Wildlife Web, a card game developed by Pony author Tom Elpel, offers players a chance to see how the many species of Montana interact with one another and with their surroundings. (T. Elpel photo) Wildlife Web, a card game developed by Pony author Tom Elpel, offers players a chance to see how the many species of Montana interact with one another and with their surroundings. (T. Elpel photo)

Wild Game

Pony author creates educational wildlife board game

PONY—Tom Elpel has written books about everything from foraging for mushrooms to masonry and the U.S. economy. But his latest project strays some from his usual outdoor education endeavors: a wildlife-based board game designed to teach young players about the interconnected nature of animals, people and the earth.

“I discovered that games can be a powerful tool to excite kids and adults to learn more about nature,” Elpel explains. “Learning becomes fun and enticing. These games serve as a family friendly alternative to screen time, while providing a bridge to reconnect with the natural world.” 

Inspired by his son’s excitement for card-based games like Pokemon, Elpel wondered to himself if it would be possible to get kids just as excited about animals and real-life natural strategy.

So, he created Wildlife Web, a strategy game that brings together fifty of Montana’s unique wildlife species such as whitetail deer, black bears, mountain lions, turkey vultures and even rabbits. 

Each animal has its own series of strengths, rated from 1 to 5 in each category. An elk, for example, has a size and strength rating of five, which protects it from every predator in the game except mountain lions, grizzly bears, wolverines and wolf packs. Whitetail deer, on the other hand, have a size rating of four and a strength rating of three, making them easier targets.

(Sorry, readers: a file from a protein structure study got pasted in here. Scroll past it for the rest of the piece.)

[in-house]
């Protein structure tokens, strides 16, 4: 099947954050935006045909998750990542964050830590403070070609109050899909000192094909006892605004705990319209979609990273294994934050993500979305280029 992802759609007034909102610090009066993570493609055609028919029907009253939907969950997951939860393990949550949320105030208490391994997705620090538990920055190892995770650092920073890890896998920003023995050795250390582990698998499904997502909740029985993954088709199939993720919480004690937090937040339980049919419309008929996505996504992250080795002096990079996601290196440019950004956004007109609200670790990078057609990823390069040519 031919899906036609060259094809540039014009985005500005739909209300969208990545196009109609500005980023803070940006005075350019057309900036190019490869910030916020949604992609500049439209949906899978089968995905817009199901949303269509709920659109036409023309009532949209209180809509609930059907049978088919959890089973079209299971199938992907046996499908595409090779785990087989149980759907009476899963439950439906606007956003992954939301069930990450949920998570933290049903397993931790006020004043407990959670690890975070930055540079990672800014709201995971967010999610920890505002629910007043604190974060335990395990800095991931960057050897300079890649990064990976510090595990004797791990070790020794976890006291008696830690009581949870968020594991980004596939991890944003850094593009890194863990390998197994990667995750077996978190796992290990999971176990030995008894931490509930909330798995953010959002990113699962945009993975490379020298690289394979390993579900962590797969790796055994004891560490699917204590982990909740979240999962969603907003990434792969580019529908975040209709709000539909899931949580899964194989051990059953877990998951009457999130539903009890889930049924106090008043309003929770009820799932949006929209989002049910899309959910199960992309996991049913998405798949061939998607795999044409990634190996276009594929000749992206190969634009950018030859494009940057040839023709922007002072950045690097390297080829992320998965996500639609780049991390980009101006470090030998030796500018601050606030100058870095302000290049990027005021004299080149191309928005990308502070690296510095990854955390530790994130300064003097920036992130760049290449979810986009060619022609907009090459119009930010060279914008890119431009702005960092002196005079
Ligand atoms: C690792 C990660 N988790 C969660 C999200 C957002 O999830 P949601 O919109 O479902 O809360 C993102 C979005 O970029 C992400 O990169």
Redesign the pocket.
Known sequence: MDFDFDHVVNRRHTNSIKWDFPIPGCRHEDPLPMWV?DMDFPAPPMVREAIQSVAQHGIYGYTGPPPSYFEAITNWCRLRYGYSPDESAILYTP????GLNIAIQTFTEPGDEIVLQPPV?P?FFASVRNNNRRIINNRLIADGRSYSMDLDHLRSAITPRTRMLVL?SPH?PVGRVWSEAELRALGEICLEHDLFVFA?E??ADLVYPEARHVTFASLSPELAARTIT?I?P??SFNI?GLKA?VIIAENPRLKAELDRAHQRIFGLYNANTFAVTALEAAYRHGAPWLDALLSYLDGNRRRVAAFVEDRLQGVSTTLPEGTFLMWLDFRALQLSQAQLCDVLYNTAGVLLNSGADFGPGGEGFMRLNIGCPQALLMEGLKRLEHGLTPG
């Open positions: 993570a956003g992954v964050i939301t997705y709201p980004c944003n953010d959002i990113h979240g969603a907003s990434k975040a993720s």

Elpel uses the example of the rabbit, which may seem to be an easily-defeated foe. However, since bunnies are so adept at hiding, players who have selected a predator such as a coyote must roll the dice just to see if their predator can detect the rabbit in the first place. 

The object of the game? To be the last animal standing, and raise young while you’re at it.

However, there are other circumstances involved than just the strengths assigned to each animal. Just as in the wild, there are natural phenomena to contend with, such as the building of houses in an animal’s habitat, a wildfire or a large storm. 

Animals can also help each other out in Wildlife Web, just as they do in real life. There are bonuses for whitetail deer, which listen to birdcalls in their area to detect danger, and for mountain lions, who are stealthy enough to swipe smaller animals without being detected—even if it isn’t their turn to roll the dice!

There’s even a highway that runs through the center of the playing space. It constitutes a danger for some species, which could be hit by cars, but a scavenging opportunity for others, who may find food sources near the road.

Elpel operates HOPS Press in Pony, which produces books and videos that seek to educate and inspire nature enthusiasts of all ages and interests. He began a Kickstarter campaign aiming to raise $10,000 for putting the game into production, which raised over $13,000 in less than a month. Supporters purchased copies of the game, which, thanks to their support, should be created and delivered sometime this spring. 

“People protect and care about things that are familiar to them,” Elpel says. “Even in rural Montana, we are losing touch with nature. Our only hope is to get kids back into the real world.”

Wildlife Web is Elpel’s second board game, among nearly a dozen books and several instructional DVDs. He produced a plant identification card game companion to his popular book, Shanleya’s Quest: A Botany Adventure. 

And in the meantime, Elpel will be preparing for his next endeavor: retracing the Missouri River section of the Lewis and Clark National Historic Trail in a dugout canoe he carved himself, the Belladonna Beaver. This summer and fall, he’ll attempt to paddle over 2,000 miles of river from Three Forks to St. Louis, Missouri. 

To learn more about Wildlife Web, donate or explore Elpel’s other projects, visit 

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